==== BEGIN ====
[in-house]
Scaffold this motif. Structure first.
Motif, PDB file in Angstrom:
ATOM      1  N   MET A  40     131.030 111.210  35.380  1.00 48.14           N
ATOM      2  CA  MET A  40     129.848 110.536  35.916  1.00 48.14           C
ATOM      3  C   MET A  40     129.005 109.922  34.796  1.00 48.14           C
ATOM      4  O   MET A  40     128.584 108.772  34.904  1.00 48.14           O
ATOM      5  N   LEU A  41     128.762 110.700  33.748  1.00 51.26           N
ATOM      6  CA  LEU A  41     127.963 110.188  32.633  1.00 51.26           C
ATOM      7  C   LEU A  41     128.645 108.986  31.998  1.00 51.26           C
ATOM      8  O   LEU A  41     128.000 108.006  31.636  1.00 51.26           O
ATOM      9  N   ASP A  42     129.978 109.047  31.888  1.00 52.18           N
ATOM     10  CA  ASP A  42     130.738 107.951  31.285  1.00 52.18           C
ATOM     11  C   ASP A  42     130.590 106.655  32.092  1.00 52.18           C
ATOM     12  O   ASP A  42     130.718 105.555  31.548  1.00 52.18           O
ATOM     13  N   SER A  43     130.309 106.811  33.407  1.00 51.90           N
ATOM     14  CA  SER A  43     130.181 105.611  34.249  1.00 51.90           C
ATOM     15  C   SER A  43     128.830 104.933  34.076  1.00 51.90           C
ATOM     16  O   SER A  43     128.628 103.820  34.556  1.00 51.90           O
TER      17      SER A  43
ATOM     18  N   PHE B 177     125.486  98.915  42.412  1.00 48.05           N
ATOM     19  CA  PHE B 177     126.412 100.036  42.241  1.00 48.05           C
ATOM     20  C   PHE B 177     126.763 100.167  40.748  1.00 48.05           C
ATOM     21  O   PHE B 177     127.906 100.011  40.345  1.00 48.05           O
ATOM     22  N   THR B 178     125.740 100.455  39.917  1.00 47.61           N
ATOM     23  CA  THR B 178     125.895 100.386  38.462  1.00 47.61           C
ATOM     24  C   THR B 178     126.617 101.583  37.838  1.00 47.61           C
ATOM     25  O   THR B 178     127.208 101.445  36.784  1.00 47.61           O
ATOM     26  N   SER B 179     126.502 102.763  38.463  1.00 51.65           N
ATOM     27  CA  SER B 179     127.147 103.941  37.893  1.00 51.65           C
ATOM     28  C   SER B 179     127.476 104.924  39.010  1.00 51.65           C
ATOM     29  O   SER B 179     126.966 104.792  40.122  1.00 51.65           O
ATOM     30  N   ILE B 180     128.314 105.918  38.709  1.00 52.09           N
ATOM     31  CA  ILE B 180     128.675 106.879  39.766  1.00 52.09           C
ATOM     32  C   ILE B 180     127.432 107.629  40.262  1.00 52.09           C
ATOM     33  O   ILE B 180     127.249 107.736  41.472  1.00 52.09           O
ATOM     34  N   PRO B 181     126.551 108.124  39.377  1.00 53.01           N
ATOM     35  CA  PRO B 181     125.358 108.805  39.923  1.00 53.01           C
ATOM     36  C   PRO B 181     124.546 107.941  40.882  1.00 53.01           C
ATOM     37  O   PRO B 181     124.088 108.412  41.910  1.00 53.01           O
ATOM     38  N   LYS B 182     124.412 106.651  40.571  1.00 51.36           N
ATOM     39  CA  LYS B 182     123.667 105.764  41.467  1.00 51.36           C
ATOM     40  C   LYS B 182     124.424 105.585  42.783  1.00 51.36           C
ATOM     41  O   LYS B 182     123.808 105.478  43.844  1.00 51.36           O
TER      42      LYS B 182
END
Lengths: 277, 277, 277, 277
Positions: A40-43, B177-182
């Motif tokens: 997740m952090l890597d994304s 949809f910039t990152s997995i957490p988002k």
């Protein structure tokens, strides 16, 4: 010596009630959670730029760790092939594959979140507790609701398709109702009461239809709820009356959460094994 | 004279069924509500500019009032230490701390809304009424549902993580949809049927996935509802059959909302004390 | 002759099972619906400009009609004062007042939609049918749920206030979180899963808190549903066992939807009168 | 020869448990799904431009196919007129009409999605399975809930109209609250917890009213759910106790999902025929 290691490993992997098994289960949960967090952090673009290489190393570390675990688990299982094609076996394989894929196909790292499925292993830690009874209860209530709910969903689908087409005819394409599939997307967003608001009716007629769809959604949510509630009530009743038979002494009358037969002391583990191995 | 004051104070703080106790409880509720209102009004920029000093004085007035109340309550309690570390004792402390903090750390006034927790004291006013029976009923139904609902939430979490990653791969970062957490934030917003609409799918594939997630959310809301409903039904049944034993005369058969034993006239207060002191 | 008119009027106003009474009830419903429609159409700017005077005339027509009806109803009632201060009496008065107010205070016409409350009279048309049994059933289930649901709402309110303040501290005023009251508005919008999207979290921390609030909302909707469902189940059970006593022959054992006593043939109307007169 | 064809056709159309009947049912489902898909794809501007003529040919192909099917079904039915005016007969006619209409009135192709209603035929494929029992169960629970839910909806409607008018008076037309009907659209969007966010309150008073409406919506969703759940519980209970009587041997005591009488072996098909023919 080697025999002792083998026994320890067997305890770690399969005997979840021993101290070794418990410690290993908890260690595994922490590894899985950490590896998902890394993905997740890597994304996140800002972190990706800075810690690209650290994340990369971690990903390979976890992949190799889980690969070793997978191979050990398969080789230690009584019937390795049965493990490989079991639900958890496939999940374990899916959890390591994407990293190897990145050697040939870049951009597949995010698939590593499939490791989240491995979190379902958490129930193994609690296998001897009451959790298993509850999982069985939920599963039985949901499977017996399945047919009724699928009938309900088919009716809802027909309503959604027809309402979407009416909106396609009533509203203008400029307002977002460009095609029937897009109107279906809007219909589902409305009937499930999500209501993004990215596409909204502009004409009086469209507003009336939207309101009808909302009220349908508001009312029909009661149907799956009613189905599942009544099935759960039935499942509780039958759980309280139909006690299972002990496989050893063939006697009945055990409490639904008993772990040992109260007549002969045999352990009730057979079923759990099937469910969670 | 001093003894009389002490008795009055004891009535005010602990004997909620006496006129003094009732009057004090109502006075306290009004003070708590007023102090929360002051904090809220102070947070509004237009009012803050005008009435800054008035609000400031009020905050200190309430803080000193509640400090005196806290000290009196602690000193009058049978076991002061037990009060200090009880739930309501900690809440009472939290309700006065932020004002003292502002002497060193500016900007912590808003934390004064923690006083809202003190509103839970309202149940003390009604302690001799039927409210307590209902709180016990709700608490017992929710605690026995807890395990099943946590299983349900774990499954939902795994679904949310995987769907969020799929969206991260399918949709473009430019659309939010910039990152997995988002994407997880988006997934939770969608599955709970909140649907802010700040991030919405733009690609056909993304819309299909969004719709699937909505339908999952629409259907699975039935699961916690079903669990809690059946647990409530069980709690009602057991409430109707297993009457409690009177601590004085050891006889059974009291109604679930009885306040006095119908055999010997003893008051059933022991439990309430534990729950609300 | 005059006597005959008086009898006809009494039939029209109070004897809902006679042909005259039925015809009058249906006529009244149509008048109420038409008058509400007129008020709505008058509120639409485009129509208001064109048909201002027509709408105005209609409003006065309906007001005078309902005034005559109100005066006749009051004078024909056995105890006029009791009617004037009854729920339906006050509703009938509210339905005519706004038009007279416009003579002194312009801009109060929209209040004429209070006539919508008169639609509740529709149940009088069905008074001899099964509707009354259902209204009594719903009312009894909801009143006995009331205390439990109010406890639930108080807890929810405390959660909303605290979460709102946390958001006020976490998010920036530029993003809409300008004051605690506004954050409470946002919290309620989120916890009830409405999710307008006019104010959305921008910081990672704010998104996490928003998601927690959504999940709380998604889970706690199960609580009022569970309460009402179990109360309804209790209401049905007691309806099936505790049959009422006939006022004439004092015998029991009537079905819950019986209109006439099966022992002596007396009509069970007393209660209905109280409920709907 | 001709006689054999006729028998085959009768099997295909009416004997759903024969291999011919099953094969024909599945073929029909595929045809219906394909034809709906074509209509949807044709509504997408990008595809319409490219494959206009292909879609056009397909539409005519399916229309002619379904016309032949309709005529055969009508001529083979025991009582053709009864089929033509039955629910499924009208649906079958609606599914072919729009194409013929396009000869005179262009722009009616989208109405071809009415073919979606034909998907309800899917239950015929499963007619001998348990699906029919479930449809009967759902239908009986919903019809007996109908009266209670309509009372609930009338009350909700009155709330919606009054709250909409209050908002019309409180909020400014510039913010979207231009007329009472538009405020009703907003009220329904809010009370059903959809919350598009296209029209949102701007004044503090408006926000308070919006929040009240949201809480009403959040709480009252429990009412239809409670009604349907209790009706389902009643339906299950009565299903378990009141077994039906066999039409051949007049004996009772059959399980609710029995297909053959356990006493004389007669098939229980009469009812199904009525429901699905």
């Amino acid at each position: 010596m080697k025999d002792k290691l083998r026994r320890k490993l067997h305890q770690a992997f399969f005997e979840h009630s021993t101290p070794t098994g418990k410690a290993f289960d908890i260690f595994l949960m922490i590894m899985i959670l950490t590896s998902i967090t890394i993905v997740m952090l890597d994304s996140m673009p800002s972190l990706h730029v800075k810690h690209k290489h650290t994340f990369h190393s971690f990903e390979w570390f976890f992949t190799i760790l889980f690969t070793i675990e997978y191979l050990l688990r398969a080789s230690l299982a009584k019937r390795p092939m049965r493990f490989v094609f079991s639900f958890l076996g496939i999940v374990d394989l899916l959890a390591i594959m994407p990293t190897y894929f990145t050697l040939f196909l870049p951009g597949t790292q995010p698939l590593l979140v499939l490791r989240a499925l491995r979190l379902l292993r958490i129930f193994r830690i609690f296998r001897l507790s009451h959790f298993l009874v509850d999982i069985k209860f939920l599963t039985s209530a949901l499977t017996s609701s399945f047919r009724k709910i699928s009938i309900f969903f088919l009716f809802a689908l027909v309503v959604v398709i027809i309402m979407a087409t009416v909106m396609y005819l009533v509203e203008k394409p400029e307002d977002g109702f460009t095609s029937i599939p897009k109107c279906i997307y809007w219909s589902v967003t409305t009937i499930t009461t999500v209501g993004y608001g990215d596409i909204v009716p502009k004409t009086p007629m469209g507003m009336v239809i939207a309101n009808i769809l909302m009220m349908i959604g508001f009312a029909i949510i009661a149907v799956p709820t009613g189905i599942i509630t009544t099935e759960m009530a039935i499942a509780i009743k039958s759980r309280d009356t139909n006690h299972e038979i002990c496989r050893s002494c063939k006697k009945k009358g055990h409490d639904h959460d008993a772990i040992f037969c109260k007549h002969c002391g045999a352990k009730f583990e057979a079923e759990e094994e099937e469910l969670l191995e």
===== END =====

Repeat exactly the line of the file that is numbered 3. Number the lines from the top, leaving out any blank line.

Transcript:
Motif, PDB file in Angstrom: